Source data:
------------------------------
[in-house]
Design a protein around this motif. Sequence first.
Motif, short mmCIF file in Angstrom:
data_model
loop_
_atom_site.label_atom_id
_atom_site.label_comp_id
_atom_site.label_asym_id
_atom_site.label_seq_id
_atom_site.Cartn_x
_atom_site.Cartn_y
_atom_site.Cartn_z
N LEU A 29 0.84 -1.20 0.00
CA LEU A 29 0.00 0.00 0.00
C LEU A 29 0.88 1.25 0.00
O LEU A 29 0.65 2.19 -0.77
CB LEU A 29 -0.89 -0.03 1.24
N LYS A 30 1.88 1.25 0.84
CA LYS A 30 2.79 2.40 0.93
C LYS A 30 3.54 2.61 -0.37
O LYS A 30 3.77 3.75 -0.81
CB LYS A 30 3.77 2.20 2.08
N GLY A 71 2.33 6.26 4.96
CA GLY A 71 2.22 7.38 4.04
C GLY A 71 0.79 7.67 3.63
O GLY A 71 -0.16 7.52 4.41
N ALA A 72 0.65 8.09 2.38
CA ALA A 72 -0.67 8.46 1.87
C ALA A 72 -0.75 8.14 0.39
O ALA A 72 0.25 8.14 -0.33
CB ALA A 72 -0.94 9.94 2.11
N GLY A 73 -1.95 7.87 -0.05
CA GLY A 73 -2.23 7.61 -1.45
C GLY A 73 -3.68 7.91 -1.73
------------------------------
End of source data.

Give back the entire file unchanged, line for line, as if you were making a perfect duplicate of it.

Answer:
[in-house]
Design a protein around this motif. Sequence first.
Motif, short mmCIF file in Angstrom:
data_model
loop_
_atom_site.label_atom_id
_atom_site.label_comp_id
_atom_site.label_asym_id
_atom_site.label_seq_id
_atom_site.Cartn_x
_atom_site.Cartn_y
_atom_site.Cartn_z
N LEU A 29 0.84 -1.20 0.00
CA LEU A 29 0.00 0.00 0.00
C LEU A 29 0.88 1.25 0.00
O LEU A 29 0.65 2.19 -0.77
CB LEU A 29 -0.89 -0.03 1.24
N LYS A 30 1.88 1.25 0.84
CA LYS A 30 2.79 2.40 0.93
C LYS A 30 3.54 2.61 -0.37
O LYS A 30 3.77 3.75 -0.81
CB LYS A 30 3.77 2.20 2.08
N GLY A 71 2.33 6.26 4.96
CA GLY A 71 2.22 7.38 4.04
C GLY A 71 0.79 7.67 3.63
O GLY A 71 -0.16 7.52 4.41
N ALA A 72 0.65 8.09 2.38
CA ALA A 72 -0.67 8.46 1.87
C ALA A 72 -0.75 8.14 0.39
O ALA A 72 0.25 8.14 -0.33
CB ALA A 72 -0.94 9.94 2.11
N GLY A 73 -1.95 7.87 -0.05
CA GLY A 73 -2.23 7.61 -1.45
C GLY A 73 -3.68 7.91 -1.73